Pearl Harbor December 7, 1941
“The only good Jap is one that’s been dead six months.” William Bull Halsey: Legendary World War II Admiral
One of the most famous planes of the Second World War, the Mitsubishi A6M Zero-Sen, was Japan’s best fighter and the bane of Allied airmen in the Pacific.
Between 1946 and 1952, Washington invested $2.2 billion — or $18 billion in real 21st-century dollars adjusted for inflation — in Japan’s reconstruction effort.
By the late 1970s, Japan was making serious inroads in North America, even though the domestic car industry was protected by tariff walls.
May 9, 2007 – Japan became the largest vehicle producing country in 2006 for the first time since 1993, surpassing the United States…
Apr 23 2019 – You stand very little chance of seeing an American car on a Japanese road…
Nearly eight decades ago, Ganitch’s USS Pennsylvania football team was scheduled to face off against the USS Arizona team. As usual, they donned their uniforms aboard their ships because there was nowhere to change near the field. The pigskin showdown never happened.
The aerial assault began at 7:55 a.m., and Ganitch scrambled from the ship’s living compartment to his battle station about 70 feet (21 meters) above the main deck. His job was to serve as a lookout and report “anything that was suspicious.”
He saw a plane coming over the top of a nearby building. Sailors trained the ship’s guns on the aircraft and shot it down.
The Pennsylvania was in dry dock at the time, which protected it from the torpedoes that pummeled so many other vessels that day. It was one of the first to return fire on the attacking planes. Even so, the Pennsylvania lost 31 men. Ganitch said a 500-pound (227-kilogram) bomb missed him by just 45 feet (14 meters).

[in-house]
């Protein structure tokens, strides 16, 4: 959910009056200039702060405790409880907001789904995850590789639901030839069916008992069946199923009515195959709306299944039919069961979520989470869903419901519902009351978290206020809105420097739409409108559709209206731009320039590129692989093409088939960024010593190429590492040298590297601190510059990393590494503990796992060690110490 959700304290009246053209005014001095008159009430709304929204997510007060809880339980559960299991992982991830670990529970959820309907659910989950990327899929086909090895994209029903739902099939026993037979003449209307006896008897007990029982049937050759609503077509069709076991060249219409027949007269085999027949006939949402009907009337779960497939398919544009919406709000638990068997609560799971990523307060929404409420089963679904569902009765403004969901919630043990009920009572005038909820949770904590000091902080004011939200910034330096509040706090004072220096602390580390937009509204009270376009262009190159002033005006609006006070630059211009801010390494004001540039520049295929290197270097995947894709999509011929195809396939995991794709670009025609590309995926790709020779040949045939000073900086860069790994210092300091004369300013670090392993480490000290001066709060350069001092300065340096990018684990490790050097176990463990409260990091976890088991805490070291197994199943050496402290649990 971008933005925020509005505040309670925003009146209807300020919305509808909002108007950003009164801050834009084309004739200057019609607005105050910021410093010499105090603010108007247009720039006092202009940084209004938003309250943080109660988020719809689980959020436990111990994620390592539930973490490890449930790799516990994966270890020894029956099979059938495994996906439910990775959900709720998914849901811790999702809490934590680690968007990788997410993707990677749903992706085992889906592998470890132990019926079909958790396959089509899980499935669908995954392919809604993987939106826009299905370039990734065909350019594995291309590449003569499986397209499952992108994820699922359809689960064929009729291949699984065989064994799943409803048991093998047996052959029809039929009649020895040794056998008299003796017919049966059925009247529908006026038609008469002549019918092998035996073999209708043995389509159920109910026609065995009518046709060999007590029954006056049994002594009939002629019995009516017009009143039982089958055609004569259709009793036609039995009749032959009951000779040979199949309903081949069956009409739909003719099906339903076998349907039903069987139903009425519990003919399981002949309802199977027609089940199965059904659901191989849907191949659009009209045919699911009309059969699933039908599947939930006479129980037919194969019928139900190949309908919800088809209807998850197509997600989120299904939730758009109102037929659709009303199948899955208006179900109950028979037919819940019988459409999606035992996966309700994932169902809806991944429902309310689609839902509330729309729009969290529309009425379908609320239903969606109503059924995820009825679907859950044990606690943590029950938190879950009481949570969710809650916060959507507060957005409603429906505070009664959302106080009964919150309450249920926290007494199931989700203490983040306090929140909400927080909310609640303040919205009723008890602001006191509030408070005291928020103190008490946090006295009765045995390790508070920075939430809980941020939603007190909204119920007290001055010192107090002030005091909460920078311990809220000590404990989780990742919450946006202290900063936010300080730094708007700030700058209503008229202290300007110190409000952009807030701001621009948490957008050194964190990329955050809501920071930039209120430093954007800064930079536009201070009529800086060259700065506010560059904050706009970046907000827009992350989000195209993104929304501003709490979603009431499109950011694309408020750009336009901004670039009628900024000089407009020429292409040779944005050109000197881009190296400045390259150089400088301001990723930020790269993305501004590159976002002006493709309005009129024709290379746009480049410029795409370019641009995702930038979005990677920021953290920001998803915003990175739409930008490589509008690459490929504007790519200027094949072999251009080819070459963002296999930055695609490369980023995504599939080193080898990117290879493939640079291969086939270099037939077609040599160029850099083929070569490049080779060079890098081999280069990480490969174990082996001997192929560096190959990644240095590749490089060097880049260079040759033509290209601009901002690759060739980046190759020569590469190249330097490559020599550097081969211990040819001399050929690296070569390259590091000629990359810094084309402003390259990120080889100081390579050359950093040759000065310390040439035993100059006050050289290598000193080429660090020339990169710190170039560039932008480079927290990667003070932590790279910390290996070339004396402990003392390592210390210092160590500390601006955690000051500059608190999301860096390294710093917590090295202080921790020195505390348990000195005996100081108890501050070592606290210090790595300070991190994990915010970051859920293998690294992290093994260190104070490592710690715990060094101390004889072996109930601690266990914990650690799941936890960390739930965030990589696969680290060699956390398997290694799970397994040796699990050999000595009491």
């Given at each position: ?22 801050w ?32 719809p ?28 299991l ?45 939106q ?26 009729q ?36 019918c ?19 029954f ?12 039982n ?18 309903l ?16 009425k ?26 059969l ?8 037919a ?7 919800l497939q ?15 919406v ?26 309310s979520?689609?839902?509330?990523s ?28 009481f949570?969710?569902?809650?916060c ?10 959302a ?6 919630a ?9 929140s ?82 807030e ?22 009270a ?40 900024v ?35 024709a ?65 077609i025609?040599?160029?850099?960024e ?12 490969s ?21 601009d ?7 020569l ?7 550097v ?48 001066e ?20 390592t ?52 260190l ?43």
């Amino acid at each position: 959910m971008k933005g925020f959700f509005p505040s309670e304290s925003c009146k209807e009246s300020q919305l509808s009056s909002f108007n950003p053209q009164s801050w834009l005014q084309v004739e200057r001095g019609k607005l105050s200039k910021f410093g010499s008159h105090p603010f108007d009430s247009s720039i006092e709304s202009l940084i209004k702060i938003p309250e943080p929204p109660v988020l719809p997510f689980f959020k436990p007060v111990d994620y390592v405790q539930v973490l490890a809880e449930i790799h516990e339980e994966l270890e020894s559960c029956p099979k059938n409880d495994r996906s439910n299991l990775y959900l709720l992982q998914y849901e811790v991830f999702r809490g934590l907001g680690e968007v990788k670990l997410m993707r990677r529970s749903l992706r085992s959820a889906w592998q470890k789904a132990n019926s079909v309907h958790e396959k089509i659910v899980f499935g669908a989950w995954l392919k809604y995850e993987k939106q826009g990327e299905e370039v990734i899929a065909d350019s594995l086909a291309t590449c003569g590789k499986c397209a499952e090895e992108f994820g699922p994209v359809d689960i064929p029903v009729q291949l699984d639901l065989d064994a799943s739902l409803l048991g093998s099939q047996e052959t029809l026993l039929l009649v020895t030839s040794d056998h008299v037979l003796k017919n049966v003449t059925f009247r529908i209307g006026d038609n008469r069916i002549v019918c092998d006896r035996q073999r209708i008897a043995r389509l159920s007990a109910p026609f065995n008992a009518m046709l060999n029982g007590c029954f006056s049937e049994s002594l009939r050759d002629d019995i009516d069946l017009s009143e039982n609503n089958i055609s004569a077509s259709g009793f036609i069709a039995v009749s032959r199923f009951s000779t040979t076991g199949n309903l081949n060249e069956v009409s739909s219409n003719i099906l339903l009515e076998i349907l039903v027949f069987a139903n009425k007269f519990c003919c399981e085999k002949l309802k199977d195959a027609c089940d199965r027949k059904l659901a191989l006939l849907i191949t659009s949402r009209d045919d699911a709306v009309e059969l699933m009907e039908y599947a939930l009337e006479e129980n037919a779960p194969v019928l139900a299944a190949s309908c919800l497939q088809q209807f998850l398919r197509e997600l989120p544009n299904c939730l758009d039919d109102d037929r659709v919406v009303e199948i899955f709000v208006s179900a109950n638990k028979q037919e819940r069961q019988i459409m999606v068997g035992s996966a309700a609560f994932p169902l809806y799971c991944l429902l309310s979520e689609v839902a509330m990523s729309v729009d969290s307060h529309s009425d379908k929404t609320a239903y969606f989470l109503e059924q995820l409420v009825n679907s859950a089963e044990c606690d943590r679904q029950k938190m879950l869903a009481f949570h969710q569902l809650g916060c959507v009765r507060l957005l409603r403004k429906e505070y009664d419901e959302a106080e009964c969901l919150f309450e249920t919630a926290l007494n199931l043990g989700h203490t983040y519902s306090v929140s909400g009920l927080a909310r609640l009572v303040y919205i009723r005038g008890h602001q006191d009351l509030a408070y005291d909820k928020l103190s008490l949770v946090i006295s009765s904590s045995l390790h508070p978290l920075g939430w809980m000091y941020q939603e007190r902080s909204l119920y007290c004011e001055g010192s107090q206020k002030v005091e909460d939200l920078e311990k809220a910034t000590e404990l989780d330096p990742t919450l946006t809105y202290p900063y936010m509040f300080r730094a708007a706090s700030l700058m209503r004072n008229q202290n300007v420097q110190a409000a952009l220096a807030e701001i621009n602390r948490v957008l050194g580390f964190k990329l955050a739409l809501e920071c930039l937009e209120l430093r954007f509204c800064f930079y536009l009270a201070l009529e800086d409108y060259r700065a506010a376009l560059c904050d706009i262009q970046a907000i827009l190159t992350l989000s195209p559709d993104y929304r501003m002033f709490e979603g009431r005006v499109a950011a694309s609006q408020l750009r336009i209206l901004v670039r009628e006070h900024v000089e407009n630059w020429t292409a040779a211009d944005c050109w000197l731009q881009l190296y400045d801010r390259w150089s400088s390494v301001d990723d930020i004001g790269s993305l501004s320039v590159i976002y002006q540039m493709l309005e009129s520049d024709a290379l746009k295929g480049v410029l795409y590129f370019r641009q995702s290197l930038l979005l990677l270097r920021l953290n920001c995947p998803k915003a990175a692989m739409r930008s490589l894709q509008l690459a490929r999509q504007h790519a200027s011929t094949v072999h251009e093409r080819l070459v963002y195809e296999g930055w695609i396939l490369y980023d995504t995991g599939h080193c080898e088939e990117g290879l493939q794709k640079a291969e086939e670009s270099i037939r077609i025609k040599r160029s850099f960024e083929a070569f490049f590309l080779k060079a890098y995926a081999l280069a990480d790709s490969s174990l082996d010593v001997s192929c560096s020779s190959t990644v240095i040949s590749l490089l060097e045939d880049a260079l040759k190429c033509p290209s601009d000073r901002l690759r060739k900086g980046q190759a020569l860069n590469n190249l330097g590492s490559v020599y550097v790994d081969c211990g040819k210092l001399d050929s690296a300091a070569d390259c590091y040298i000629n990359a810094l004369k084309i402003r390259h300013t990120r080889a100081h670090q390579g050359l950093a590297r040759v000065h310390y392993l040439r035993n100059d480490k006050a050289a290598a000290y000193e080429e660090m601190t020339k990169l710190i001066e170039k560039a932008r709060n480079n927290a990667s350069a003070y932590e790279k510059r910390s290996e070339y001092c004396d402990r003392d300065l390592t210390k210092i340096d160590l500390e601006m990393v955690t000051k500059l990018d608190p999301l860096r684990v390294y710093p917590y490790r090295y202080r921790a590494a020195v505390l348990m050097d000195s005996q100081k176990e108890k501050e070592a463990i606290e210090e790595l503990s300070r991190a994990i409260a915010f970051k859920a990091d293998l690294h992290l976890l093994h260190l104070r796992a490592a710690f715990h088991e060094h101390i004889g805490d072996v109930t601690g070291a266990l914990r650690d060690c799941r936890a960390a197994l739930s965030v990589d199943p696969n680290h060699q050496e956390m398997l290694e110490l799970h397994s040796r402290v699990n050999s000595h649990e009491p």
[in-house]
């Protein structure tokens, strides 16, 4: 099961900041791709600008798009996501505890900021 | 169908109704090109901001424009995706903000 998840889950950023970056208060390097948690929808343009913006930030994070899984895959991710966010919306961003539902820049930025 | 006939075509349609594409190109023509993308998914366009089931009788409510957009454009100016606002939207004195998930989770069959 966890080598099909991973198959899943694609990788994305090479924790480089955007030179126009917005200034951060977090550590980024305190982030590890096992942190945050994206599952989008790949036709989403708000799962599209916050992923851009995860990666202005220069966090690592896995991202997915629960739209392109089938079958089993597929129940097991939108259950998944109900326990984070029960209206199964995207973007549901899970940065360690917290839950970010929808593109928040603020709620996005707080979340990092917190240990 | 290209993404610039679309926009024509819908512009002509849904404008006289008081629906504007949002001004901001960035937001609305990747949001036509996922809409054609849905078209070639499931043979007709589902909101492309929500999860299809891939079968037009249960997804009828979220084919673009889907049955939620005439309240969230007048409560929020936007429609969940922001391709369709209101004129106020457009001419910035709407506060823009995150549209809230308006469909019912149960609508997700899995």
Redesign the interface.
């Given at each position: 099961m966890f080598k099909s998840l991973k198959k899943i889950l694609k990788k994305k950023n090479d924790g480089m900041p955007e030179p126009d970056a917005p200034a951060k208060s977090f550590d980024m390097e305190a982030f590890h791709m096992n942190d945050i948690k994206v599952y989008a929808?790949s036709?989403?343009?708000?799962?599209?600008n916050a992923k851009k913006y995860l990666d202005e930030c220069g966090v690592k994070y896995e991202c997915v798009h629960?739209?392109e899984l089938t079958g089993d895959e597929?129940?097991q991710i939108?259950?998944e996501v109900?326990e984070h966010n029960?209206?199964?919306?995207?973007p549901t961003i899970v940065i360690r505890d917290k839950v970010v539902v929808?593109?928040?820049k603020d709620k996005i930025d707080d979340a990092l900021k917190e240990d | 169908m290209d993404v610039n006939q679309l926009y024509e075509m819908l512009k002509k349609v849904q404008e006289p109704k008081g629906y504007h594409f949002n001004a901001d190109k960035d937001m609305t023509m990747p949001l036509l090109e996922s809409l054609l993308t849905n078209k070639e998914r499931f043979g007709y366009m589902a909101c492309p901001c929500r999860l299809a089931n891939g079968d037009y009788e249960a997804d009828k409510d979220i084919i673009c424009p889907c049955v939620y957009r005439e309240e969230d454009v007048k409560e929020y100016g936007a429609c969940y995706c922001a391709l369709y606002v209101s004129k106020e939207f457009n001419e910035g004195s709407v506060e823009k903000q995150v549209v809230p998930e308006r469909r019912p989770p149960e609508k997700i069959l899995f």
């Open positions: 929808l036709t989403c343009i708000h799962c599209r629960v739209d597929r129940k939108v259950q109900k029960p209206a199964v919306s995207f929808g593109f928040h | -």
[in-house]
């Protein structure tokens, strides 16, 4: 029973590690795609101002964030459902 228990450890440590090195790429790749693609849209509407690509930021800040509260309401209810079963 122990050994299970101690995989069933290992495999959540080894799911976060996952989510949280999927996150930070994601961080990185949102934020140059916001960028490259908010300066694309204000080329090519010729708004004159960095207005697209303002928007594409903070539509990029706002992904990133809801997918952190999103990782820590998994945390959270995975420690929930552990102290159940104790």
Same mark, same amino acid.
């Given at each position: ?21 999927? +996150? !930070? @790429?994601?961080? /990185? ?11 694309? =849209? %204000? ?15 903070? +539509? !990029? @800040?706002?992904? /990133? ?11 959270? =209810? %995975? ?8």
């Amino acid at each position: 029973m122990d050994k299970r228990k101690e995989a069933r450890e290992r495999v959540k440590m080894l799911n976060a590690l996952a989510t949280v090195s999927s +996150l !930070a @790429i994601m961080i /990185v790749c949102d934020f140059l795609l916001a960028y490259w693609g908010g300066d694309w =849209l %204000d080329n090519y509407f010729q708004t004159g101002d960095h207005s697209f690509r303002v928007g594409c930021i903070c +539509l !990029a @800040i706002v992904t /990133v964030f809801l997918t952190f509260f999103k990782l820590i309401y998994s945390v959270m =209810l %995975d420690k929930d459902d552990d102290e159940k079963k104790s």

He didn’t have time to think and did what he had to do.
“You realize that we’re in the war itself and that things had changed,” he said.
The USS Arizona suffered a much worse fate, losing 1,177 Marines and sailors as it quickly sank after being pierced by two bombs. More than 900 men remain entombed on the ship that rests on the seafloor in the harbor.
Altogether, more than 2,300 U.S. troops died in the attack.
Kathleen Farley, California chairwoman of the Sons and Daughters of Pearl Harbor Survivors, said many survivors are already talking about going to Hawaii next year for the 80th anniversary if it’s safe by then.
Farley, whose late father served on the USS California and spent three days after the attack picking up bodies, has been attending for two decades.
“I know deep down in my heart that one of these days, we’re not going to have any survivors left,” she said. “I honor them while I still have them and I can thank them in person.”